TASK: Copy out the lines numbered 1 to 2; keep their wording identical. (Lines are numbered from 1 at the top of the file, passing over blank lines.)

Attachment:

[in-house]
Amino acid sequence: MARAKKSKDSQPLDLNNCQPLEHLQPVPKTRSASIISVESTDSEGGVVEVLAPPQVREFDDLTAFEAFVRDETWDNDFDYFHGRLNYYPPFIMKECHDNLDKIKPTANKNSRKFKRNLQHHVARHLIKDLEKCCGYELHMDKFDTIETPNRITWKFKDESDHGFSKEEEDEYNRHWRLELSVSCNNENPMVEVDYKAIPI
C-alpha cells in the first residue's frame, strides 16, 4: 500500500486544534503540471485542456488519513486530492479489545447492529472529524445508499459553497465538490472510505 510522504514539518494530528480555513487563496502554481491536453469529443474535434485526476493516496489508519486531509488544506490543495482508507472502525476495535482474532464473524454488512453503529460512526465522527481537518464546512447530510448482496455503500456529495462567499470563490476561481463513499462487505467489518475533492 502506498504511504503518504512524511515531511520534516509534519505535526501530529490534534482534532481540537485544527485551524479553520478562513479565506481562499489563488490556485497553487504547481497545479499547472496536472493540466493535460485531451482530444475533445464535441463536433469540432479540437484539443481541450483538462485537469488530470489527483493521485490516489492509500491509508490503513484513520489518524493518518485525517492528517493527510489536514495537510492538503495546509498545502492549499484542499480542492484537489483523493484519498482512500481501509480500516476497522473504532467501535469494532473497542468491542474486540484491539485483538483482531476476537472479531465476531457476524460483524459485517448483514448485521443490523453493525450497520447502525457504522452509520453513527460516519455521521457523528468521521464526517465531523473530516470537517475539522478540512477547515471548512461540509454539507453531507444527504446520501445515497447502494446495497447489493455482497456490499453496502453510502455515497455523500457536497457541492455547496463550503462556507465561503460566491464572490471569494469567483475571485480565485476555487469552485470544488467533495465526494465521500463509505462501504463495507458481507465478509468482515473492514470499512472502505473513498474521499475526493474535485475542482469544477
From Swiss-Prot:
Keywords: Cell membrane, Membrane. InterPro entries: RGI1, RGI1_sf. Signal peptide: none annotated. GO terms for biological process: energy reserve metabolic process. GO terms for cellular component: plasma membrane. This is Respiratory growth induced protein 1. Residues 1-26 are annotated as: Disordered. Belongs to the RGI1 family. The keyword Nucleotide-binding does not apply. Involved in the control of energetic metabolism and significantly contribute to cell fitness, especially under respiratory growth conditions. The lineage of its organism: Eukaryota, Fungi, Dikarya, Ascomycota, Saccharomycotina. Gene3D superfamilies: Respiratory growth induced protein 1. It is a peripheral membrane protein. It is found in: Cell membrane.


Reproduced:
[in-house]
Amino acid sequence: MARAKKSKDSQPLDLNNCQPLEHLQPVPKTRSASIISVESTDSEGGVVEVLAPPQVREFDDLTAFEAFVRDETWDNDFDYFHGRLNYYPPFIMKECHDNLDKIKPTANKNSRKFKRNLQHHVARHLIKDLEKCCGYELHMDKFDTIETPNRITWKFKDESDHGFSKEEEDEYNRHWRLELSVSCNNENPMVEVDYKAIPI